We believe Chief Sorensen is better than this kind of propaganda would suggest. We also believe that he should, and can, do better than that.

But until he does, it’s up to the taxpayers’ representatives on the City Council to deny such requests while demanding a better and more-timely work product from the Chief and his senior staff.

And that “better” work product should start with some additional information that relates solely to our Fire Dept. personnel, irrespective of other communities’, that would permit our taxpayers to decide if our personnel are under-compensated, starting with a calculation of the annual pensions each of the affected personnel will be receiving; and at what age they will qualify for those pensions. Because the simple truth is that while a $130,000 salary is pretty darn good all by itself, a $97,500/year pension (75% of $130,000) with a 3% COLA is basically the gold standard – especially if one can start taking it at age 55 and can expect to pocket a whopping $3.2 million just for living to age 85.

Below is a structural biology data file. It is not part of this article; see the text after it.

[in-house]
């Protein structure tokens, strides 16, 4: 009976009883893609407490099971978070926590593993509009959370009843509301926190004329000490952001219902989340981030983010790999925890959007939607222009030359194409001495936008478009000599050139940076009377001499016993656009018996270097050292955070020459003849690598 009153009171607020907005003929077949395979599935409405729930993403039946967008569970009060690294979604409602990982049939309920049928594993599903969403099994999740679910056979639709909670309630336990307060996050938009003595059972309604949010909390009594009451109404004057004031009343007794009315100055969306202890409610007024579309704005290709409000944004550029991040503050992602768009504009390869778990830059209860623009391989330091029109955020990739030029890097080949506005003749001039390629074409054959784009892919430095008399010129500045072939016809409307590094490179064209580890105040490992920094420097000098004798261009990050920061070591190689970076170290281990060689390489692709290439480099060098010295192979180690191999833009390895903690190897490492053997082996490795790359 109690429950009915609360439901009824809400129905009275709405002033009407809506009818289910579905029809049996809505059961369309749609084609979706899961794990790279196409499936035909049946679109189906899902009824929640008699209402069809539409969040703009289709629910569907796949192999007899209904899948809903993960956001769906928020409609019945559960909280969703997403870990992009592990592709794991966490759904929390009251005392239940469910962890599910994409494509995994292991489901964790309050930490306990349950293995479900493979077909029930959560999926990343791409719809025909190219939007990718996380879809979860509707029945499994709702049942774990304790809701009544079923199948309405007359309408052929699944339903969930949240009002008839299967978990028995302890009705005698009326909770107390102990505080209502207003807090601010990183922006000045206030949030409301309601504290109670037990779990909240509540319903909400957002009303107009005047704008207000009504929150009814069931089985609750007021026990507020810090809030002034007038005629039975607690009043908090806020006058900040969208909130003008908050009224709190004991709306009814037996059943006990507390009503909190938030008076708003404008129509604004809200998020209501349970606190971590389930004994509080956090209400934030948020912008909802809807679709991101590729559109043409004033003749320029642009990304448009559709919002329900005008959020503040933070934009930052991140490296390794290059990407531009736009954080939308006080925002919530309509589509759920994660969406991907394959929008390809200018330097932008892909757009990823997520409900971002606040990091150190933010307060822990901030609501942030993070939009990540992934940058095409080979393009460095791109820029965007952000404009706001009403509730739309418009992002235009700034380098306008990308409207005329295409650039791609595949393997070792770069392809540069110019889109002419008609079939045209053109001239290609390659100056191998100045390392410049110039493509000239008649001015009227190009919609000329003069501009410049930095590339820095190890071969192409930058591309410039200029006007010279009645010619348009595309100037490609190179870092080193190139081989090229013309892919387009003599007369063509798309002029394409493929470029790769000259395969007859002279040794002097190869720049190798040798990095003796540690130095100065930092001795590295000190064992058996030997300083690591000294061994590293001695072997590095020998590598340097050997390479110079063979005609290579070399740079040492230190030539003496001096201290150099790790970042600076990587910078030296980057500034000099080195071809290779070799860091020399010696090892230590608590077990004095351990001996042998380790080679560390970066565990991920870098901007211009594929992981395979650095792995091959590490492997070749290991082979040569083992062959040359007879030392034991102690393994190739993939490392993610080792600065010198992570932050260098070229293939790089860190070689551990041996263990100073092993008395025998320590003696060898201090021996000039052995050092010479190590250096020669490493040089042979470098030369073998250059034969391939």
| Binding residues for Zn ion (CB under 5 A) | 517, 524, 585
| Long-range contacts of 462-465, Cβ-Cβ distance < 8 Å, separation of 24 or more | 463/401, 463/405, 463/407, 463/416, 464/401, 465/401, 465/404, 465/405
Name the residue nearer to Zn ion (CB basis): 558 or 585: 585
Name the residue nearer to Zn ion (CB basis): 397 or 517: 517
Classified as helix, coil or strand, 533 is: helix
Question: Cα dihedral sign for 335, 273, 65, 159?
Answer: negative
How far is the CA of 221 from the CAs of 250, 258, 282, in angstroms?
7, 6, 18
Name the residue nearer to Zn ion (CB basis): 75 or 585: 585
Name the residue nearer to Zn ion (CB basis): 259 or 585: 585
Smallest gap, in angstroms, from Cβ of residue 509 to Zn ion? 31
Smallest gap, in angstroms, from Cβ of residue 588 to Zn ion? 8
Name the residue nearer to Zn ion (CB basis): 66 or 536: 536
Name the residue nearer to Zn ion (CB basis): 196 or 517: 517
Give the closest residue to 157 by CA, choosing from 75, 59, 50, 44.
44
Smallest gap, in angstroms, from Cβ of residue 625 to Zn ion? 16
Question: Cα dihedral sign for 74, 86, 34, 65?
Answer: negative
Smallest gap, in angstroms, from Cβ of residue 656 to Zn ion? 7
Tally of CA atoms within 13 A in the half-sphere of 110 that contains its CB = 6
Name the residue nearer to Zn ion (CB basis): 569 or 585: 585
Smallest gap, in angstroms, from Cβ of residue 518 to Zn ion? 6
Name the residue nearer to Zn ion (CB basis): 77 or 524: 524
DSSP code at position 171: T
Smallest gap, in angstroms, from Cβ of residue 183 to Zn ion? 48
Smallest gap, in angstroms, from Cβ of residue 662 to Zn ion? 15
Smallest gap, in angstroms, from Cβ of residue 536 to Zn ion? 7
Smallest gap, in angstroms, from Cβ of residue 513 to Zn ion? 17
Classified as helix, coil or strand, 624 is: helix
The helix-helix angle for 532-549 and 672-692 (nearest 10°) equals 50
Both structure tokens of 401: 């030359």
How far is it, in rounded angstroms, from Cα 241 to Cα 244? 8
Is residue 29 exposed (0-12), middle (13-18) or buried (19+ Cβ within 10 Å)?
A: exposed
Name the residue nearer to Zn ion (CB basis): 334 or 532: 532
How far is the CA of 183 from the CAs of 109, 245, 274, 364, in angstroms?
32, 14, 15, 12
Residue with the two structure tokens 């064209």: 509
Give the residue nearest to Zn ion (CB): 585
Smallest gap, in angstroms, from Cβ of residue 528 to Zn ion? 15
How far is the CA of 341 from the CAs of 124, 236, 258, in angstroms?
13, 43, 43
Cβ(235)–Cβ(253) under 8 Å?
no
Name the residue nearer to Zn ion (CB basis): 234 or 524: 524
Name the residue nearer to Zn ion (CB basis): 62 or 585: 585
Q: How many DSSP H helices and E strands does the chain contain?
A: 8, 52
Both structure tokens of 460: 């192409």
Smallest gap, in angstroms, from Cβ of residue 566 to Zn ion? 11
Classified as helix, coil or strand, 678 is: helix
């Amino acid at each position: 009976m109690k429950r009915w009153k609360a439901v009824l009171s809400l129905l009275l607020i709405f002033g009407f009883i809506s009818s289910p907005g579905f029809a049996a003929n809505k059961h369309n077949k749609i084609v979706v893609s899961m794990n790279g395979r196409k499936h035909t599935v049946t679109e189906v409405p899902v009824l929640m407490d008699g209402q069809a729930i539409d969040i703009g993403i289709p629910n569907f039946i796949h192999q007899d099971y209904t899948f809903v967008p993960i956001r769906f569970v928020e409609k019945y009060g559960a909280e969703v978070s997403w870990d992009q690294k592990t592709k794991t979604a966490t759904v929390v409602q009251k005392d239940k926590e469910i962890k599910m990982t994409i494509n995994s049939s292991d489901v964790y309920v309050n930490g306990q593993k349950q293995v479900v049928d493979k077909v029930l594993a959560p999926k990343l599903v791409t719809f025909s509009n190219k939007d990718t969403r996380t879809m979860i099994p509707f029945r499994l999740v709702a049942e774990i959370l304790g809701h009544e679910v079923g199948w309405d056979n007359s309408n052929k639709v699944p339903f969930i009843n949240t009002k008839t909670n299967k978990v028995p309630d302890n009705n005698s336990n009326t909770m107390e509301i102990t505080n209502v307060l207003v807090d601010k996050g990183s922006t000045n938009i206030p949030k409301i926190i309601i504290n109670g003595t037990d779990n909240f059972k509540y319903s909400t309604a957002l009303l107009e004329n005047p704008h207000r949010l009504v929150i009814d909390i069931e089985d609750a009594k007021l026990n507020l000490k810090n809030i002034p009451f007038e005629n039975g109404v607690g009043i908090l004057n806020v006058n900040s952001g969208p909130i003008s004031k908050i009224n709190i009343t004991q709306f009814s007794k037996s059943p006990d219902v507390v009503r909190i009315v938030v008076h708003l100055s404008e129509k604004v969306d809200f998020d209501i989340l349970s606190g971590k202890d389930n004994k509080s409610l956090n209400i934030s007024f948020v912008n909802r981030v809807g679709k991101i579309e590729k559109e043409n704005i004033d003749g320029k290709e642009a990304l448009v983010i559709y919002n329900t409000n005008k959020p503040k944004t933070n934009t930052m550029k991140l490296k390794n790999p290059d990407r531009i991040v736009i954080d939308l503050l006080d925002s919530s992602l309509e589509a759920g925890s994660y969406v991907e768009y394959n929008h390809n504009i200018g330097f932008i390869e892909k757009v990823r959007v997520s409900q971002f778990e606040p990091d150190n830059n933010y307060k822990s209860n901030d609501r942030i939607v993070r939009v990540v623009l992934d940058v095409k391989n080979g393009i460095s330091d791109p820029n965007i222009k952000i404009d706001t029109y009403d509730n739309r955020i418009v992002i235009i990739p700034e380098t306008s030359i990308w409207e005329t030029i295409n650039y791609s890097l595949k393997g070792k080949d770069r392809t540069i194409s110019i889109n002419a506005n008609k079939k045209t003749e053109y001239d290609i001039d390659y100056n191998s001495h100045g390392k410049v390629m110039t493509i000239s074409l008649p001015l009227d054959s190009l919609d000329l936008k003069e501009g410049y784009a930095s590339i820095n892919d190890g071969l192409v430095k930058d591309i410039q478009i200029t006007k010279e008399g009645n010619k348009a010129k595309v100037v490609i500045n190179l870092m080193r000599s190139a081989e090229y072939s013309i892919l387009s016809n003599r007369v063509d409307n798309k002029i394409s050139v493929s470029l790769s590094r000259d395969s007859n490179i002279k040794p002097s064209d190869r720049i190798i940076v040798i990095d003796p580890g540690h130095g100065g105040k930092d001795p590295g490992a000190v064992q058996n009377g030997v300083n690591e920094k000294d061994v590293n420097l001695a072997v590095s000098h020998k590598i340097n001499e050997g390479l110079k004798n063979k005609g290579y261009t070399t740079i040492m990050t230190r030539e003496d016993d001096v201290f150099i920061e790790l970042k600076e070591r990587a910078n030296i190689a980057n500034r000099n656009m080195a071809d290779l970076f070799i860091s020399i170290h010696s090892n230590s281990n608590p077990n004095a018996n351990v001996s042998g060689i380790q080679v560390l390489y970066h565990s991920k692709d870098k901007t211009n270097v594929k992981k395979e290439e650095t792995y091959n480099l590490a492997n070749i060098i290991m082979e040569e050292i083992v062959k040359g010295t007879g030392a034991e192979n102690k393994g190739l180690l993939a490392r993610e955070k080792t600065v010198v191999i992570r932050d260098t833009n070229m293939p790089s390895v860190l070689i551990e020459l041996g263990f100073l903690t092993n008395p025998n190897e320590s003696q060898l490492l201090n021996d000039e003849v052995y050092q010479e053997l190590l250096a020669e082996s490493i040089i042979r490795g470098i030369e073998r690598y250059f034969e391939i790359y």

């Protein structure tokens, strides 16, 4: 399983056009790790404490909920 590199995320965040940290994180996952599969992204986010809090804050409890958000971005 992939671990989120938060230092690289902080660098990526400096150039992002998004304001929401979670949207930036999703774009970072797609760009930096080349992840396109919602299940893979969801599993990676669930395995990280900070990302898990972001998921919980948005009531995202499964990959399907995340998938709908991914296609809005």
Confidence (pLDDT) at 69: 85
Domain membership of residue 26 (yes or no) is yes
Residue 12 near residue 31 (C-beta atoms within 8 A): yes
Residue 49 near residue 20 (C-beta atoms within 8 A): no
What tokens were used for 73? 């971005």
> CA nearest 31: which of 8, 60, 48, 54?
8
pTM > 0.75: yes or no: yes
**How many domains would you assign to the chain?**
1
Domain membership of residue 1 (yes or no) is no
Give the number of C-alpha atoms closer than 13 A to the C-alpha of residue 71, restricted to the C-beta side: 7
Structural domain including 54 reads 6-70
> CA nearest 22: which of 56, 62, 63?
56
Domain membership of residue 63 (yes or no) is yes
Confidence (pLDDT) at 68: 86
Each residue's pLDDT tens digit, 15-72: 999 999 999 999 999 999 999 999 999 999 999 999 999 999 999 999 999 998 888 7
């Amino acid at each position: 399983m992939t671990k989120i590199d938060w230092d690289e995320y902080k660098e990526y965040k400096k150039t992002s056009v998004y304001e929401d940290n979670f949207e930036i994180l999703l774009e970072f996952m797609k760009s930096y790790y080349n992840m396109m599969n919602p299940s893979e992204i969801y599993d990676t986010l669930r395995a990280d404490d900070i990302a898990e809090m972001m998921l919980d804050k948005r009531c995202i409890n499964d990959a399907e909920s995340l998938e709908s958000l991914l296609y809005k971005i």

That beats the $%@& out of Social Security and the vast majority of Park Ridge taxpayers’ 401(k)s! And those pensions and COLAs are GUARANTEED under the Illinois constitution, unlike the 401(k)s the rest of us have.

Let’s also not forget that dirty little secret rarely even whispered about when discussing firefighter pay: moonlighting income.

Thanks to the typical firefighter schedule of 24 hours on, 48 hours off, many/most firefighters moonlight at other jobs, often well-paying ones like construction. That’s all well and good, but it’s something most of our salaried taxpayers making even the $64,000 starting salary of a Park Ridge firefighter can’t pull off without the convenience of a 3-workdays-out-of-every-9-calendar-days schedule.

And while a 24-hour shift could conceivably be a significant challenge, we’d be willing to bet some decent cash that here in sleepy old Park Ridge, most of our firefighters average 6 to 8 hours of shut-eye out of the typical 24-hour shift. That’s not intended as a a criticism, just an observation.

The bottom line is that firefighters, like police, perform an essential and potentially life-risking service to our community. We owe them a debt of gratitude and fair compensation.